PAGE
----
Sasaki and Miyano’s popularity just keeps on climbing. The show may have wrapped up but another anime project has already been announced. Plus, with Vol. 5 out this week it’s time to check back in on the manga. The last volume was enjoyable though sometimes too constrained by its format; does this latest installment manage to reach the same (or an even better) high quality mark?
Plot-wise, much of this volume revolves around the school cultural festival. It’s a good opportunity to place the characters in ridiculous situations and deliver new gags while still having the supporting cast at the ready to give the anxious co-leads a push when needed. The main highlights are Sasaki’s class’s bad boy cafe, the much anticipated drag competition, and the post-festival fireworks.
In terms of execution, the results are mixed. The most disappointing scene is probably the drag show…or rather, the brief follow-up to the drag show. Very little of the actual competition is depicted, with the focus instead put on Sasaki’s reactions to it. After all the build-up and Miyano’s decision to take part despite Sasaki’s wishing otherwise, it feels like a missed opportunity to not follow through more with Miyano’s own experience of the event. His ongoing arc regarding his appearance in relation to manliness also would have been logical to reflect on more here, but as is it feels like the manga aligns its themes and plot in a perfect convergence just to then fumble the follow-through.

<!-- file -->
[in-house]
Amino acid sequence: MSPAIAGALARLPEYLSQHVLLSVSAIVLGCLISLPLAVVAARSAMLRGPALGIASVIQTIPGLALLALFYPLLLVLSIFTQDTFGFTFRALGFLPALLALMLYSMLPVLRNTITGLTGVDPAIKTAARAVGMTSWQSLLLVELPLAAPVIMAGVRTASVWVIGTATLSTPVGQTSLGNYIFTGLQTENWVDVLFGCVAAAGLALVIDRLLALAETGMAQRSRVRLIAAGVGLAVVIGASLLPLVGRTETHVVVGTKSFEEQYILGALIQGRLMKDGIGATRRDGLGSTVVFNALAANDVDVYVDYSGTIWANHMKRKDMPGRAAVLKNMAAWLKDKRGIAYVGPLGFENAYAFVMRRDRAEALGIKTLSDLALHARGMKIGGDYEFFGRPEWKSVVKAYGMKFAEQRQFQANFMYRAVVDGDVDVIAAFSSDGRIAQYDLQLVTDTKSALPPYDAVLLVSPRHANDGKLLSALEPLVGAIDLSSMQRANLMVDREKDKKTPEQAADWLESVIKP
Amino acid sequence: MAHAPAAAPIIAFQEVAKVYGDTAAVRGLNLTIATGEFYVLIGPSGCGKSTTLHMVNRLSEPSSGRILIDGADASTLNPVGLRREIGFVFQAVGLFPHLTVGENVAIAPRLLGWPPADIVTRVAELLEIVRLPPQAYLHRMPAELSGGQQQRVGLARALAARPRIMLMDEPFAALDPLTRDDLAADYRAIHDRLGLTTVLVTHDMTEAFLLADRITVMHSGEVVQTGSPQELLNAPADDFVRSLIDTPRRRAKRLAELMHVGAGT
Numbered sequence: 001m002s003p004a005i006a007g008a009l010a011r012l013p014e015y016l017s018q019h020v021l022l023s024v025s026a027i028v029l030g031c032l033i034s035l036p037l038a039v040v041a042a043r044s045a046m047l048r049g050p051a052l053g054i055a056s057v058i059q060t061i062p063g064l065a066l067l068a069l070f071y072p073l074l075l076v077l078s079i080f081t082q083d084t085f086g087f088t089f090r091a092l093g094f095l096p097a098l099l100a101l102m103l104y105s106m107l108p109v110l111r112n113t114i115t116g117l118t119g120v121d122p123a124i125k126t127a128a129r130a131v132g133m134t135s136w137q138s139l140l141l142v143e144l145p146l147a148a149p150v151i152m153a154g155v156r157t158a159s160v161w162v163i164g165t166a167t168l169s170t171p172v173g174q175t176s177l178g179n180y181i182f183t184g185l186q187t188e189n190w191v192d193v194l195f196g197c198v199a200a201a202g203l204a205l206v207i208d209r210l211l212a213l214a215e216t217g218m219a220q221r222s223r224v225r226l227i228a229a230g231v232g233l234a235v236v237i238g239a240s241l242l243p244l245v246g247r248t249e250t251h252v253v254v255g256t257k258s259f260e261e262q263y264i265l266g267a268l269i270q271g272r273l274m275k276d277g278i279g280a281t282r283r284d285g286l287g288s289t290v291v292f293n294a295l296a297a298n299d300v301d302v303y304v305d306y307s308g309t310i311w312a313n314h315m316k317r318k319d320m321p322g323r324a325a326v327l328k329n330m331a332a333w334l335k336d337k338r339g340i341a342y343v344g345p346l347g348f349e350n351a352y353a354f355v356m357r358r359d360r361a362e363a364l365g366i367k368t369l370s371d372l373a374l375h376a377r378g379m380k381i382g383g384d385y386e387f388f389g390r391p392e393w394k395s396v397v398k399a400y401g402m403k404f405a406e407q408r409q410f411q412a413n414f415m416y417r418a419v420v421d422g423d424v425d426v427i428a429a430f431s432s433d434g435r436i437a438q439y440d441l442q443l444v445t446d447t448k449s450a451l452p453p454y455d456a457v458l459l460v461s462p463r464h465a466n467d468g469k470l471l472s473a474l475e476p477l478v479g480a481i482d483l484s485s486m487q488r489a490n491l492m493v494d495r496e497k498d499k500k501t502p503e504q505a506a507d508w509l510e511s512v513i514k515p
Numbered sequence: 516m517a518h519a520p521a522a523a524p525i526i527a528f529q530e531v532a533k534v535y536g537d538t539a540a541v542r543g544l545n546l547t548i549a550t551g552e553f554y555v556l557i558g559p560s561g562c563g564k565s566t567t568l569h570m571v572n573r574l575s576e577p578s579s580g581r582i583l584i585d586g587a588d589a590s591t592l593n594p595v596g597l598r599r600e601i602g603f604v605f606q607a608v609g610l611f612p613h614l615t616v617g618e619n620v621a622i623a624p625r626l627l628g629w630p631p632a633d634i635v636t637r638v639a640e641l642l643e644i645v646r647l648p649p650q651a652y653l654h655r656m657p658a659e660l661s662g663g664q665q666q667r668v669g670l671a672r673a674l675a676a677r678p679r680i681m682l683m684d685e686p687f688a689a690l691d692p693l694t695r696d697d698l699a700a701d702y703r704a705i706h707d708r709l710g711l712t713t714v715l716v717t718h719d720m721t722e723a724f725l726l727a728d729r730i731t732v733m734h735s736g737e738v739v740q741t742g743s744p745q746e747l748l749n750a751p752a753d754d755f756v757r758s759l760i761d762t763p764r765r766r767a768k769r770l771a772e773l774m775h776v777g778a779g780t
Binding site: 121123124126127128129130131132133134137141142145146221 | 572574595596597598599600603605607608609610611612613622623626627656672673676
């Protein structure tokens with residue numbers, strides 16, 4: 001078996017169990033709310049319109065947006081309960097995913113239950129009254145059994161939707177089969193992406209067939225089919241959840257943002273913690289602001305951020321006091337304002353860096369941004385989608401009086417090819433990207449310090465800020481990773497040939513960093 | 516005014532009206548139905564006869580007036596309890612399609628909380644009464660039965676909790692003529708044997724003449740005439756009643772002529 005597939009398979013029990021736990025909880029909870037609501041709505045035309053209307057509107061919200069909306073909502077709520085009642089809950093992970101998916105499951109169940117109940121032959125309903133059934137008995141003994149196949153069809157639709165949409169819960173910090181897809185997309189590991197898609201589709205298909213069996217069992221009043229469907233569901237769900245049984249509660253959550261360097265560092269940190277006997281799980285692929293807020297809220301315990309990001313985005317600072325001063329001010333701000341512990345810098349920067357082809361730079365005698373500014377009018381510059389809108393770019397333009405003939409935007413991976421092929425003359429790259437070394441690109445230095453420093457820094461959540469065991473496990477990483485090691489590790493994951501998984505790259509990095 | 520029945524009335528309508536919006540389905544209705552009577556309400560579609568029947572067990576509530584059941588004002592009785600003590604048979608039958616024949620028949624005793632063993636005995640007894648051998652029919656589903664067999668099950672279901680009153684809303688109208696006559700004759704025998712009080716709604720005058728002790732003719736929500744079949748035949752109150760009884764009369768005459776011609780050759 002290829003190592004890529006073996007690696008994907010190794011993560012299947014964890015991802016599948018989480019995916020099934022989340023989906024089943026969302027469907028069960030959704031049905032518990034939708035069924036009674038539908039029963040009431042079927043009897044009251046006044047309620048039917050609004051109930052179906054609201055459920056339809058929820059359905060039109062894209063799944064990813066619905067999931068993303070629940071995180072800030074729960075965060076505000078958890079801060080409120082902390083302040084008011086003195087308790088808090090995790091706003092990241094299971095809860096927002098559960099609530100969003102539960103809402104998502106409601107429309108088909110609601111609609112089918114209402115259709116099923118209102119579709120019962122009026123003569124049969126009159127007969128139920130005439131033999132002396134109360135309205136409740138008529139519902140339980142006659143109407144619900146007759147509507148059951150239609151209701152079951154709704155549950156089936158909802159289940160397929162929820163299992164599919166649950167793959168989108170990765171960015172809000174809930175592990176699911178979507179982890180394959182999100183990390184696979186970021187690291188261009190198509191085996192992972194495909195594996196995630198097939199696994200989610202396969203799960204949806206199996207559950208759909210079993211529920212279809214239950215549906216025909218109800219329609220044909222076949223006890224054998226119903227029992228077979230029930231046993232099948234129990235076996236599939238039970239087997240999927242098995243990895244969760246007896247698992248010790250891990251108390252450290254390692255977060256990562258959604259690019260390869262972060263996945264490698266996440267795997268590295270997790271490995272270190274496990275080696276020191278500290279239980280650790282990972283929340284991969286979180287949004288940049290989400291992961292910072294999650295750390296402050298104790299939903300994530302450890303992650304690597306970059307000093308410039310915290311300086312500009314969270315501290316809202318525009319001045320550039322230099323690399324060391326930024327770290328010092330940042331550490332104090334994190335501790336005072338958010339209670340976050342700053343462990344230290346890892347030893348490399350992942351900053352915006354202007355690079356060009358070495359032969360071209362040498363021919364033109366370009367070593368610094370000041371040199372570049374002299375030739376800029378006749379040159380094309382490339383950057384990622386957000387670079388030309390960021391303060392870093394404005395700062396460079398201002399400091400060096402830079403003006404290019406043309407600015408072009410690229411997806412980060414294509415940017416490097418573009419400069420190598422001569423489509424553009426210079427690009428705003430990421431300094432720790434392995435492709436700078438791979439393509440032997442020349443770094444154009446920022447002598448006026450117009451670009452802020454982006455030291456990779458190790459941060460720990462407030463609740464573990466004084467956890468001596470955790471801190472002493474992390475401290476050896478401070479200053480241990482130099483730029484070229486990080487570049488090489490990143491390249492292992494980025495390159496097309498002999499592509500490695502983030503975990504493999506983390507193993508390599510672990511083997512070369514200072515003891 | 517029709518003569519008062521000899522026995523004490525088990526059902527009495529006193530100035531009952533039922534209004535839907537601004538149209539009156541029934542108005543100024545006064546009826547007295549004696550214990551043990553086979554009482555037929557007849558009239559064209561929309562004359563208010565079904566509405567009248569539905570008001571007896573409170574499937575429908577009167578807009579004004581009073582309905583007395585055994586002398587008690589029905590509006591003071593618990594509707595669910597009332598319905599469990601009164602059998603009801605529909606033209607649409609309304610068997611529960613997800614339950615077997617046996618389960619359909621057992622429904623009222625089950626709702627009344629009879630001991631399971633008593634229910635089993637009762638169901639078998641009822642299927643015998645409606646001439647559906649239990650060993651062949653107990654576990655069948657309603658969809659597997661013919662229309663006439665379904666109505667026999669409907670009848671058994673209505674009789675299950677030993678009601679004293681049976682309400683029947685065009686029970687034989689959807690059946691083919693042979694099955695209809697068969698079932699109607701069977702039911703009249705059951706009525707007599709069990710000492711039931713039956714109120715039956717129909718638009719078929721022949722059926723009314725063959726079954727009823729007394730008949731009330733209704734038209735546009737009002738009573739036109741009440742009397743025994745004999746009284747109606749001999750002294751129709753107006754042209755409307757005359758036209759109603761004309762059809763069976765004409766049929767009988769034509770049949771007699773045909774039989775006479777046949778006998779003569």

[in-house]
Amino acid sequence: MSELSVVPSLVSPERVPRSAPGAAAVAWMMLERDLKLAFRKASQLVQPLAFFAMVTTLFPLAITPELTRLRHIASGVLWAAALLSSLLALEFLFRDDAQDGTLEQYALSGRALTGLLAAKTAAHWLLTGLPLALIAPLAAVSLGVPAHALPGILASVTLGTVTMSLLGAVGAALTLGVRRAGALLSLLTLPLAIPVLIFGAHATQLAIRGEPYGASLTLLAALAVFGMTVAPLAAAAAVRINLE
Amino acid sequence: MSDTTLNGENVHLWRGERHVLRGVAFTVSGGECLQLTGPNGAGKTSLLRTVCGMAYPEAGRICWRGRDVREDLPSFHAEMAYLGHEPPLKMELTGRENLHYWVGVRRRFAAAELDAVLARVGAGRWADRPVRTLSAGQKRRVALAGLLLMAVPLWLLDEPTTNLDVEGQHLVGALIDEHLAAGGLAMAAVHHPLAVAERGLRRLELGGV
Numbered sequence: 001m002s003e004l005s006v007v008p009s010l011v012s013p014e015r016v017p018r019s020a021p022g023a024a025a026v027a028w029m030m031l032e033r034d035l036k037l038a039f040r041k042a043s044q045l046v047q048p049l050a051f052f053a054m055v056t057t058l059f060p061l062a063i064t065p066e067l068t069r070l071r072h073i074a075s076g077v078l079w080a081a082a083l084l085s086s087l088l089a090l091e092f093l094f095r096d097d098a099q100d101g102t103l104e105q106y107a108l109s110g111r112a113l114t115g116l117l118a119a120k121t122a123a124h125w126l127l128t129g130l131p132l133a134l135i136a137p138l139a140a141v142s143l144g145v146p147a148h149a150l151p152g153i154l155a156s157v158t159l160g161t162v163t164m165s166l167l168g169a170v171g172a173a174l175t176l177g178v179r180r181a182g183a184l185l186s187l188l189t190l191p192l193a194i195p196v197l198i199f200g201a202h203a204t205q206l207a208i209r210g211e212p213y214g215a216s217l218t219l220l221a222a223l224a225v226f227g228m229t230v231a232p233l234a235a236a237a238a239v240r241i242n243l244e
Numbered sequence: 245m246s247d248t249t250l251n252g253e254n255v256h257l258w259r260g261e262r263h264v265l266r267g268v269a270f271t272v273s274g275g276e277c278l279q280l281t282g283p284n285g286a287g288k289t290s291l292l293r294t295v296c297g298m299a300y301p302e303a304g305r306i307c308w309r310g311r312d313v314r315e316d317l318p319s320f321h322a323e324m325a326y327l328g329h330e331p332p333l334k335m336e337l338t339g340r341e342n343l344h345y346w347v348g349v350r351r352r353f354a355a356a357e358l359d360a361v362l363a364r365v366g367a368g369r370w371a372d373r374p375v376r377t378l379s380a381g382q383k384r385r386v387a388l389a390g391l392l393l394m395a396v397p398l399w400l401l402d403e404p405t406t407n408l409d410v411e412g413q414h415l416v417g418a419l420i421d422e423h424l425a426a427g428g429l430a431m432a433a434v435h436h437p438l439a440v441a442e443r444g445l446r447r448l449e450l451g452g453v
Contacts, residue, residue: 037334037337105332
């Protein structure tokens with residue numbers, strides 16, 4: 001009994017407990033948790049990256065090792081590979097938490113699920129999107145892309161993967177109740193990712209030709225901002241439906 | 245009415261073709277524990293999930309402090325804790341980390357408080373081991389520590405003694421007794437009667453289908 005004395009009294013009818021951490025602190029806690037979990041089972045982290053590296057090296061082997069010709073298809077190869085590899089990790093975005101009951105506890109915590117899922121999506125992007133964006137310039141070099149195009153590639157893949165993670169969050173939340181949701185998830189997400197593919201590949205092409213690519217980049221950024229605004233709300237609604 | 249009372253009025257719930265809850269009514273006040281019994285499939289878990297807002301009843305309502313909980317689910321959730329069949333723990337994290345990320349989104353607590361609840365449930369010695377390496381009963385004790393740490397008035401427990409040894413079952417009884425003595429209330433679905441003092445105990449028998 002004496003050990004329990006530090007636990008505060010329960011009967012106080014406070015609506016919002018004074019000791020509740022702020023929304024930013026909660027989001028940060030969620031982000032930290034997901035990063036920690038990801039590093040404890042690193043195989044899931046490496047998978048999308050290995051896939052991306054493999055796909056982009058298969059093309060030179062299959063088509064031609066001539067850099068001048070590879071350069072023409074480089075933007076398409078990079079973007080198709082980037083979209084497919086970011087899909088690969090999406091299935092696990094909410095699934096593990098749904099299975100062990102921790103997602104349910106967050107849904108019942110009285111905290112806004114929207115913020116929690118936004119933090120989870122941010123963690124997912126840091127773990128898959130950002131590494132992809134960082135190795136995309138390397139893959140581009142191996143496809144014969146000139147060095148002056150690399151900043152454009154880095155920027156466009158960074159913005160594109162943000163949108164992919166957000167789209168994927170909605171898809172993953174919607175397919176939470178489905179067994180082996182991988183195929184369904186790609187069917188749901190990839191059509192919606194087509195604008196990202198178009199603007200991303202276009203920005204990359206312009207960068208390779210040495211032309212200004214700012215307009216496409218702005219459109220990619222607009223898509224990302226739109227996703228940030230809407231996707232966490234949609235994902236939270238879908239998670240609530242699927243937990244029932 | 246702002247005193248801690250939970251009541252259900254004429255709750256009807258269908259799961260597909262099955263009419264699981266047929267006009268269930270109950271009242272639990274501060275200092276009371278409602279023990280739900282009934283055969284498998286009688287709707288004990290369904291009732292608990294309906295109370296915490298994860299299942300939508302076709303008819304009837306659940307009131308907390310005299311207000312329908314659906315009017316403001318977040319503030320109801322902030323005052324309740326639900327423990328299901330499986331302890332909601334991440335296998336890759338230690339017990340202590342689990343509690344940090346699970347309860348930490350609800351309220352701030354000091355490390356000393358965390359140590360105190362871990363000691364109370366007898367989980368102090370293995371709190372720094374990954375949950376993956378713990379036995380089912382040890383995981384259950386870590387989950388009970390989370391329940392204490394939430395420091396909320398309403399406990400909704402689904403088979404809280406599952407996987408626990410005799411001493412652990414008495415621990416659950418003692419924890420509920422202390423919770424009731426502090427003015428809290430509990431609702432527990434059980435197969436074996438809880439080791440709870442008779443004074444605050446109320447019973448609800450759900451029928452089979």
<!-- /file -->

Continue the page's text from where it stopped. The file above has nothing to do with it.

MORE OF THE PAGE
Fortunately, the rest of the festival is much more enjoyable. The bad boy cafe is especially notable. Even with all the manga and anime I’ve consumed, and by extension all the cultural festival arcs, I’ve never seen a theme quite like it. The juxtaposition of aesthetics and reality is humorous while making the characters involved all the more endearing. The fortune-telling scene with the disciplinary committee president is especially good. His not-so-subtle nosy questions keep Miyano flustered and thinking about Sasaki, a.k.a. right on track with what the manga is truly about.
The art and panel presentation throughout this volume is also largely solid. While the four panel gag pages still have some of the same pacing issues as last time, that’s not as frequent and most transitions aren’t too abrupt. Characters’ expressions and body language are also funny and evocative, and all the chapters’ opening splash pages are especially nice. Additionally, the screen tone use throughout is lovely and reflects the characters’ internal sense of adolescent love as explosive, overwhelming, and anxiety-inducing.
The fireworks scene is an especially effective example of this. Sasaki and Miyano only glimpse them through a window in the school hallway. The literal and metaphorical meld perfectly here: the two boys, in a familiar setting, dressed in their everyday uniforms, see an extraordinary sight just out of their reach while internally pining over their feelings for one another. It’s poignant, and probably the volume’s high point.
All in all, Sasaki and Miyano Vol. 5 is an enjoyable volume that continues the titular couple’s slow but steady pace toward romance. The art is lovely throughout without too many pacing issues, and the cultural festival prompts some great character interactions. Unfortunately there are still some missed opportunities thematically that make the payoff feel dull compared to the setup. Nonetheless, this continues to be a sweet and heartfelt manga.
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